In this period, fundamental for the formation of ours, is the study of drawing and ancient statues, together with an incessant practice of drawing from the natural, so much so that its presence is documented at the Accademia di San Luca and the Accademia of France.
It was in this context that he began his activity as a painter, especially with various cardinals and important Roman noble families, such as the Albans. In those years he also started his teaching career, initially as an art teacher for the daughter of the Marquis Cosimo Riccardi while from 1706 he will be engaged with the position of “Master of the Public School of Design”.
In 1705 he returned to Florence, in a city whose cultural landscape was vividly animated by the artistic choices of the Grand Prince Ferdinando, proponent of numerous commissions to artists: the Venetian Sebastiano and Marco Ricci, the Genoese Alessandro Magnasco and Antonio Francesco Peruzzini, the Emilian Giuseppe Maria Crespi, whose art brought innovative ideas to that of local authors.
Francesco Conti continued to be the painter of the Riccardi family, as indicated by the periodic payments of work materials and important commissions, such as a Pietà for the noble palace, noted in the registers and the three ceilings of the casino of Gualfonda.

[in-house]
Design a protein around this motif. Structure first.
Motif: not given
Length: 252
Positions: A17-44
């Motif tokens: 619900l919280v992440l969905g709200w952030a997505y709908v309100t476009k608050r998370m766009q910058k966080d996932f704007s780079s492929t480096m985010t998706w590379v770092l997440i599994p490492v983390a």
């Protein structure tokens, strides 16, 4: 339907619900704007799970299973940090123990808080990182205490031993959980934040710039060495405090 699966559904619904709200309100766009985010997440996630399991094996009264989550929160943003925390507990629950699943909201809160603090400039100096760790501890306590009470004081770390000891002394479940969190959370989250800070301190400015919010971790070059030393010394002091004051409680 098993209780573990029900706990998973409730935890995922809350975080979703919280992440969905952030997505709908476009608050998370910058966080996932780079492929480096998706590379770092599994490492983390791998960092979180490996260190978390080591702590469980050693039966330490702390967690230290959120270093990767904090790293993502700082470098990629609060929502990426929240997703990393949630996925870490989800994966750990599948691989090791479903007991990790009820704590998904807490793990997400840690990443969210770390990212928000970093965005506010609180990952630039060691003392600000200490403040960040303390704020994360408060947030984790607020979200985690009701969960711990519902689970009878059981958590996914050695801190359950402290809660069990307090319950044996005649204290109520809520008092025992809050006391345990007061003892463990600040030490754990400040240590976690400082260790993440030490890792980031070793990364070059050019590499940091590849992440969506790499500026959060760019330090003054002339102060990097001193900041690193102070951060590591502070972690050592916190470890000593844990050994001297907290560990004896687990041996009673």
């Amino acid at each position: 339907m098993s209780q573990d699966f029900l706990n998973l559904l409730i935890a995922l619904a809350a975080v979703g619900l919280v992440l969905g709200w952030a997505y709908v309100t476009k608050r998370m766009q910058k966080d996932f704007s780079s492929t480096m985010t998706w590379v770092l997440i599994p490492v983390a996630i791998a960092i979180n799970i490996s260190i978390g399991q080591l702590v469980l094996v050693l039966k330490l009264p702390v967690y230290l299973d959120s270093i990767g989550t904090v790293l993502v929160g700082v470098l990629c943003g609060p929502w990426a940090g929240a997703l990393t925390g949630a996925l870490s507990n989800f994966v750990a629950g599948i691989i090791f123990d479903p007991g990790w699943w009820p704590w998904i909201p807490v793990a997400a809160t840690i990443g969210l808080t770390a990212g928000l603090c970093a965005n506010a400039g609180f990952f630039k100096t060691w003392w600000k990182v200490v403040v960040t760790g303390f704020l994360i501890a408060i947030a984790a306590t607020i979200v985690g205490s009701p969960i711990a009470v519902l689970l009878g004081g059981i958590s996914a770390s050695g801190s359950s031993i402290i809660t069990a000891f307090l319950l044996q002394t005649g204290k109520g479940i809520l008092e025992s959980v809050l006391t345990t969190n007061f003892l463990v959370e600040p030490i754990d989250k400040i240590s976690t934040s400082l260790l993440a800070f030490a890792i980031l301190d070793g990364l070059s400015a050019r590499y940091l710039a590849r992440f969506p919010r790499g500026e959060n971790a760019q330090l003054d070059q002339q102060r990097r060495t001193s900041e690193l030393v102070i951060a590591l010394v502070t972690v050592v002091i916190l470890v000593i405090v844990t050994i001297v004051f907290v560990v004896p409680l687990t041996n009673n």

The latter in particular are a clear expression of Conti’s painting, characterized by rigid and angular drapery, sparse and rather gloomy settings, well-rounded anatomies but not very rigid and uncoordinated. The juvenile phase is in fact characterized by the realization of paintings that present clear memories of another famous Florentine artist of the sixteenth century such as Andrea del Sarto, who certainly had to study in depth.
The second decade of the eighteenth century brings with it some stylistic innovations: greater serenity and abandonment of the severe Roman neo-sixteenth century accents in favor of a certain ease and chromatic serenity of a Venetian imprint: in 1715 it is the Adoration of the Magi for the Nuns of the Monastery Nuovo, a cornerstone work in the corpus of Francesco Conti, who definitively abandons the gloomy accents of the youthful period, softening the looks and faces of the characters and enriching the brushstroke, in imitation of the manner of Sebastiano Ricci. Tangencies with Venetian art can also be seen in the refined and material rendering of the clothes, in the lightness of the brushstroke and in the contrast between the orange light and the intense blue of the background.
An idealized standardization has now taken place in the faces, which assume the typical features used by Conti at this chronological height. During the fourth decade of the eighteenth century his greatest achievements saw the light, which earned him the decoration of the Spron d’oro, by Pope Clement XII. It is in these years that he creates important works that share a pictorial quality with remarkable technical and chromatic refinements.
These are paintings characterized by a precious chromatic range, very bright and contrasted, made to stand out by the light on the dark background or with ethereal effects, in line with the best European painting of those years. In this regard, we can remember the Saint Catherine of Alexandria in glory at the Civic Museum of Prato or the Return from the Flight into Egypt at the Cleveland Museum of Art.